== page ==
When I was growing up on the farm, most of the evening main meals consisted of meat and potatoes. Breakfast was whatever you could grab before heading to the barn, but once chores were done, there was usually a big pot of strong coffee (kids weren’t allowed to have coffee) and maybe some fresh eggs with thick slices of buttered toast waiting (margarine wasn’t allowed on the table if you lived in dairy country). Lunch was usually left overs from the meal the night before, along with some homemade soup that had been simmering on the stove since morning chores. I love soups and stews.
I often make soup stock from the pan drippings of whatever meat I have put in the roaster and then save that stock in the freezer for another day. I can’t count how many times a quickly made chicken or duck soup has made a child who is feeling ill, feel so much better.
After a dinner of roast, I transfer the bones of the meat from the roaster to a large pot about a third full of water and set the pot to boil on the stove top. Once it’s come to a boil I turn it down to a slow simmer with the lid on. While I’m waiting for the pot to boil, I add a couple cups of water to the bottom of the roaster pan and use a spatula to scrape all the little brown bits from the sides and bottom of the pan to collect in the water, adding that to the pot as well.
I leave it all to simmer for about an hour and then I use a strainer to separate the bones from the liquid stock. I let the bones cool for a few minutes then pick out any nice bits of meat and put them back into the stock. At which point the stock can be left to cool, put into containers and into the freezer for another day or I can begin to make a finished soup by adding vegetables, herbs and perhaps a packet of bouillon.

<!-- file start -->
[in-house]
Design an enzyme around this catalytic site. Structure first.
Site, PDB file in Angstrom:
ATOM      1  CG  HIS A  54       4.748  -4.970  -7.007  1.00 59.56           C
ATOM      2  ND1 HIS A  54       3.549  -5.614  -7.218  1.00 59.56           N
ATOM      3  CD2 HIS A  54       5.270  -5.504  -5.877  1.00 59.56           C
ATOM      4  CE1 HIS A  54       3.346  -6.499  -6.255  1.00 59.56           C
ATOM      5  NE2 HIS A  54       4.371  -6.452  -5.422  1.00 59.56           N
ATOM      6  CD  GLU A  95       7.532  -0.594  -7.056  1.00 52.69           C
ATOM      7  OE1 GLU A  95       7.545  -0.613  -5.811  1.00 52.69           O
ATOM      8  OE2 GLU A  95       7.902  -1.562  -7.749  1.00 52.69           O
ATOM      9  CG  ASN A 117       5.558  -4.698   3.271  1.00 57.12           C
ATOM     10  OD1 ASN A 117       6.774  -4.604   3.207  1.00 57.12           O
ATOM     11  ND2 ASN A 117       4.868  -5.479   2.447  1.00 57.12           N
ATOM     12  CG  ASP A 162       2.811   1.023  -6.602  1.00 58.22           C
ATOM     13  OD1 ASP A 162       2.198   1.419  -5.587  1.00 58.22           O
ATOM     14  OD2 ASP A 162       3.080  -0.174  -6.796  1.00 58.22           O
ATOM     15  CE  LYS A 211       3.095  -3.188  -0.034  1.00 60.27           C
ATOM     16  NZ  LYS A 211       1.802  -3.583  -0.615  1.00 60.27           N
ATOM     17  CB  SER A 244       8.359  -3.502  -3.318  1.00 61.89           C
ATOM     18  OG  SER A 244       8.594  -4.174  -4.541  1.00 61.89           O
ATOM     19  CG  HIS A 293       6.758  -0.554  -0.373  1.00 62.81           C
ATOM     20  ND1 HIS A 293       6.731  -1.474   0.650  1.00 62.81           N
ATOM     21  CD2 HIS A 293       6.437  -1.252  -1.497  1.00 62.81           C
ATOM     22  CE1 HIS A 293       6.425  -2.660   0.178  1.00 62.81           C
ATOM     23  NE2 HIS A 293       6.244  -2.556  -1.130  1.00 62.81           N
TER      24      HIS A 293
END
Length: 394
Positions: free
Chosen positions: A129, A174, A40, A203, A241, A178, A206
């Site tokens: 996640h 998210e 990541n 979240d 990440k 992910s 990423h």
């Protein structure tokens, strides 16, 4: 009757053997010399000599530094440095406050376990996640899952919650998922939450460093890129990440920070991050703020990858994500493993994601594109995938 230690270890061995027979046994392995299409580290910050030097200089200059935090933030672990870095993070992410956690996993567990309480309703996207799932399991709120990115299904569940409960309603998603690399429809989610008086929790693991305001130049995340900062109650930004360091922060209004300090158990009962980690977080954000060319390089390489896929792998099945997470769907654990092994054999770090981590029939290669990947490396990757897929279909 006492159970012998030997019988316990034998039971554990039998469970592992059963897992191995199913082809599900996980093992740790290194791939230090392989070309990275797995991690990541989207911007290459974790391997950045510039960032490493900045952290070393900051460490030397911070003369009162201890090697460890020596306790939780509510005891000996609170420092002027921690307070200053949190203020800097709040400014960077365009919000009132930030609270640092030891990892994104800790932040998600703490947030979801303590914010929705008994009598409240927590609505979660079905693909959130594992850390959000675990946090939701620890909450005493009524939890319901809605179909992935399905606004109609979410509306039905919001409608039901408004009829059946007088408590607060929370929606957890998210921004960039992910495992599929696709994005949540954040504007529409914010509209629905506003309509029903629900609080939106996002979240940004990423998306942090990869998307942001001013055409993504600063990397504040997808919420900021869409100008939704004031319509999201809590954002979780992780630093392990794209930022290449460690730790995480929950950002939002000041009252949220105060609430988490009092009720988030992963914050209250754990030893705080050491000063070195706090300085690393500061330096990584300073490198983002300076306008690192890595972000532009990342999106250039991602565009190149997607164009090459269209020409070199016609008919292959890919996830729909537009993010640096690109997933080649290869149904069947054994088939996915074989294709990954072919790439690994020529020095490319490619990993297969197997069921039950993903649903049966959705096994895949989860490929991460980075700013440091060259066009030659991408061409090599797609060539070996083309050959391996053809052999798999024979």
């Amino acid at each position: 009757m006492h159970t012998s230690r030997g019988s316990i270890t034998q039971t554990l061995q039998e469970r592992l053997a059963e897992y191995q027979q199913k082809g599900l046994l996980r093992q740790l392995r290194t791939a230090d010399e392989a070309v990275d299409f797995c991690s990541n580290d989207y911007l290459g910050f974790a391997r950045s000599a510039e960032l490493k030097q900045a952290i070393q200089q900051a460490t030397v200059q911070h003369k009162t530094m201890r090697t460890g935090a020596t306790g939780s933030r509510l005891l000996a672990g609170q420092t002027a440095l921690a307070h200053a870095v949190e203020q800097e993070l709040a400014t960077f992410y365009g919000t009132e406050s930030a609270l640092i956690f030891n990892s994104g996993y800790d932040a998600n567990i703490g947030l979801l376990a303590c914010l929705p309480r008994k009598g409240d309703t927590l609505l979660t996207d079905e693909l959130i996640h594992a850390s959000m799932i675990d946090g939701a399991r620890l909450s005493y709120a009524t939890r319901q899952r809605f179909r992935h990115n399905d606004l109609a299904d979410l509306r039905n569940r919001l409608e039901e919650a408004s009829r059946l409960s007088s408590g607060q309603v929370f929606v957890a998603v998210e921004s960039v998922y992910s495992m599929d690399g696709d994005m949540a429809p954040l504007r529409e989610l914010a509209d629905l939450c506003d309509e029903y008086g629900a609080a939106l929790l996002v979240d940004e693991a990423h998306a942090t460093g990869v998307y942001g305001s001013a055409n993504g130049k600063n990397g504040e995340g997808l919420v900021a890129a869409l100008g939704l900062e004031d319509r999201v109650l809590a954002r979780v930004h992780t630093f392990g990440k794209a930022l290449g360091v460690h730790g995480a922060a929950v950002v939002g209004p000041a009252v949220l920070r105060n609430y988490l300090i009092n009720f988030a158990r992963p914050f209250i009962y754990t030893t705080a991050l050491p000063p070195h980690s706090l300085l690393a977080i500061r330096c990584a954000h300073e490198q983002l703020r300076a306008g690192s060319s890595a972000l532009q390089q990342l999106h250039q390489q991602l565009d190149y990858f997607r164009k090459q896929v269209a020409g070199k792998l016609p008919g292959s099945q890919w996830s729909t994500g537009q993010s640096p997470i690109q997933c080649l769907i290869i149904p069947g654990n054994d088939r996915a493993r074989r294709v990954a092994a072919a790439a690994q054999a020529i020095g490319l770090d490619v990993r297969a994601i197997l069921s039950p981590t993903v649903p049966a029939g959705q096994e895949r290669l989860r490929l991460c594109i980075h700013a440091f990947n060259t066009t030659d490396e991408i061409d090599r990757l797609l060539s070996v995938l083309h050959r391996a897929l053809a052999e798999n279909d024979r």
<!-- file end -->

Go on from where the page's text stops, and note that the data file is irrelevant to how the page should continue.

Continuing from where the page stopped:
- 1 litre homemade duck soup stock with meat
- 1 diced large onion
- 1 crushed garlic clove
- 1/2 tsp dried basil
- 1/2 tsp dried thyme
- 2 thin sliced carrots
- 1 sliced celery stock
- 3 small potatoes cut into 1/2″ cubes
- 1/3 cup diced winter squash (acorn or butternut or dumpling)
- salt & pepper to taste
- Place frozen soup stock into a medium sized pot on the stove over medium heat to thaw, bring to a boil and then turn down to low heat.
- First add the vegetables, potatoes, celery, carrots, squash, onion to the pot and then the garlic and herbs, basil, thyme. salt & pepper and let simmer until the potatoes are tender, usually about 30 minutes or so.
- At which time it can be served right away or left on the lowest heat setting to simmer while the flavours meld even more for a couple of hours and then serve.
- can also add or substitute for any other vegetables you may have to hand, such as beets, yams, peas, corn, etc.
- or add 1 cup of precooked rice instead of potatoes.
- or use 1/2 tsp of dried sage instead of basil.